Read a few times as a teen and then again a few years ago. Rousing good adventure, what ho? Rich commentary on evolution and race, too. ( )
  Cheryl_in_CC_NV | Apr 14, 2015 |
Crackerjack story, pretty plain looking hardcover book. ( )
  unclebob53703 | Jan 24, 2015 |
A timeless adventure story

There are many reasons why this book is often considered to be a classic. The descriptive and intimate way that the story is told, the interpersonal relationships between the memorable characters and the underlying thread of humor which weaves through the tale, will guarantee it a place in collectors' bookshelves for many years to come. ( )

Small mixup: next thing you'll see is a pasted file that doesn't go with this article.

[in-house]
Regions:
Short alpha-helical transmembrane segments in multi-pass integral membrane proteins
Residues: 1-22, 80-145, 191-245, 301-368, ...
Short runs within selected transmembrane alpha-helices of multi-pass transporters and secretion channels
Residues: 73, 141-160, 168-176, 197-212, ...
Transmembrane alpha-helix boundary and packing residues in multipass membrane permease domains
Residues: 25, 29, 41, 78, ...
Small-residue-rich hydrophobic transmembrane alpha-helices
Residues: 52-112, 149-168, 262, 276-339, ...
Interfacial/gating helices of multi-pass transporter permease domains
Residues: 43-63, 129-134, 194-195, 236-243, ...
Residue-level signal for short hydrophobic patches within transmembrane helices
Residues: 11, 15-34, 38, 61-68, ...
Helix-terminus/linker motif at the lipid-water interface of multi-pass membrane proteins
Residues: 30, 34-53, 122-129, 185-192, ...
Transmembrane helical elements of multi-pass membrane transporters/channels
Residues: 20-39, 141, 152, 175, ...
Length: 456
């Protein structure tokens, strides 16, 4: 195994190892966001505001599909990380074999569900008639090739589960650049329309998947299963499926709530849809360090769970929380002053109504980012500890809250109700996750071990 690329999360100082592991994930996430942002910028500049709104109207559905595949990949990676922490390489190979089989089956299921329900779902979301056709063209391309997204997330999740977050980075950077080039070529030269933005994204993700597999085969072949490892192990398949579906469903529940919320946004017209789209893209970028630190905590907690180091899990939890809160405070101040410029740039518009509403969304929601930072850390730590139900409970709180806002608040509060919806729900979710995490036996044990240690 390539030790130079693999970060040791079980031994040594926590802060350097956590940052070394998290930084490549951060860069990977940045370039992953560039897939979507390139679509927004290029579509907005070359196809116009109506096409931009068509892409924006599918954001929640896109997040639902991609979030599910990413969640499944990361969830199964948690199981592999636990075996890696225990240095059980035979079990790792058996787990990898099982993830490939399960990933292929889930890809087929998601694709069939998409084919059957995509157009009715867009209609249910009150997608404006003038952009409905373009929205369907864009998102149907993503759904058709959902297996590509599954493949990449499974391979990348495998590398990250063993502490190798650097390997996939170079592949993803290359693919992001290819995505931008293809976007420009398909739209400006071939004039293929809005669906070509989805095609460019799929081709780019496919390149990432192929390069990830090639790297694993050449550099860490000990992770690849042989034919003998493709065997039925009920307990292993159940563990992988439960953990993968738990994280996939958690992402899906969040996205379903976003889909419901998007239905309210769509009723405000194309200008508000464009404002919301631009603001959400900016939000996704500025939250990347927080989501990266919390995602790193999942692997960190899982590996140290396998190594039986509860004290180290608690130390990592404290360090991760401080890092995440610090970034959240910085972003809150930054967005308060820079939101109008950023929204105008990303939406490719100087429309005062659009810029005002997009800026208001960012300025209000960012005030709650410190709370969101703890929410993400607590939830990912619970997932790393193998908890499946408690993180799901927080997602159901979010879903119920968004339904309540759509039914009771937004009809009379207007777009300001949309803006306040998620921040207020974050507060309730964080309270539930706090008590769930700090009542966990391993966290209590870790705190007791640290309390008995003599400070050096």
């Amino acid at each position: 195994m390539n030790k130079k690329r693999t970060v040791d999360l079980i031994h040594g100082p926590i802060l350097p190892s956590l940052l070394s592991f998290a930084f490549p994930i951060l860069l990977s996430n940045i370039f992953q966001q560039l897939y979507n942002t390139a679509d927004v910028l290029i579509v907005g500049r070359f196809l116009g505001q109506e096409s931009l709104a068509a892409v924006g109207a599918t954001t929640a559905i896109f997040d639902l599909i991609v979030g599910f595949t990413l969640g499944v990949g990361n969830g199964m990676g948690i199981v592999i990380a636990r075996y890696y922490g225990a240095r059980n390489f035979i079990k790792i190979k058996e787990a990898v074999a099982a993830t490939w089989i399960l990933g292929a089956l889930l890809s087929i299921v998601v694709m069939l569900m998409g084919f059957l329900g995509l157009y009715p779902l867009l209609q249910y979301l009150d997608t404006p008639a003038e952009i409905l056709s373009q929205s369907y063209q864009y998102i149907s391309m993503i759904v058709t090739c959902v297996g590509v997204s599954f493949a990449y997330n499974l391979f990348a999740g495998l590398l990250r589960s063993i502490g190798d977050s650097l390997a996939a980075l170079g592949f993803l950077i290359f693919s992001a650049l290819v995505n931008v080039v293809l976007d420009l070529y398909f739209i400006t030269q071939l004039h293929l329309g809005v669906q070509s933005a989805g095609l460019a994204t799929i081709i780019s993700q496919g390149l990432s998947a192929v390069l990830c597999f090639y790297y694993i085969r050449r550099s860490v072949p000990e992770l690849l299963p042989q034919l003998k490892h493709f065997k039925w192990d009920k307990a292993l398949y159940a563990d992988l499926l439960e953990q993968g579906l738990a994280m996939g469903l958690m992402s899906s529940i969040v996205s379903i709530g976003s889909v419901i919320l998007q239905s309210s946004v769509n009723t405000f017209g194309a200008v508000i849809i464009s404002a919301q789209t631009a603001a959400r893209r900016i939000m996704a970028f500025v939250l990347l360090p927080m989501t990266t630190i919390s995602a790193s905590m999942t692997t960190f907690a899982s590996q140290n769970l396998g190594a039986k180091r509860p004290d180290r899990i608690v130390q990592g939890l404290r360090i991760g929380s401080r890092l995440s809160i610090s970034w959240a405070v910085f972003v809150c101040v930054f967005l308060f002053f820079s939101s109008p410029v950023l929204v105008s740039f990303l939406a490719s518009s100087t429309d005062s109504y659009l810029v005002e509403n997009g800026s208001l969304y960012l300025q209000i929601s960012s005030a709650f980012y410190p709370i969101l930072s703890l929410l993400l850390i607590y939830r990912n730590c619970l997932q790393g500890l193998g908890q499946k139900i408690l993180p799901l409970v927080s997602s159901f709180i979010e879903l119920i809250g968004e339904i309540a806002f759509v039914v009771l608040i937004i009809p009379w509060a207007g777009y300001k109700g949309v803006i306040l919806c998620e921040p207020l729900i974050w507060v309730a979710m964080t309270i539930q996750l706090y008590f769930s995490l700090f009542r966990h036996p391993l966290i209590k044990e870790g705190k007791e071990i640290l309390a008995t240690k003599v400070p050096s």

Mozzie | Jan 15, 2015 |
Showing 1-5 of 54 (next | show all)
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» Add other authors (50 possible)

Author nameRoleType of authorWork?Status
Sir Arthur Conan Doyleprimary authorall editionsconfirmed
Beecham, TomCover artistsecondary authorsome editionsconfirmed
McCready, GlenNarratorsecondary authorsome editionsconfirmed
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I have wrought my simple plan
If I give one hour of joy
To the boy who's half a man,
Or the man who's half a boy.
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[None]
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Mr Hungerton, her father, really was the most tactless person upon earth - a fluffy, feathery, untidy cockatoo of a man, perfectly good-natured, but absolutely centred upon his own silly self.
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Amazon.com Amazon.com Review (ISBN 0812967259, Paperback)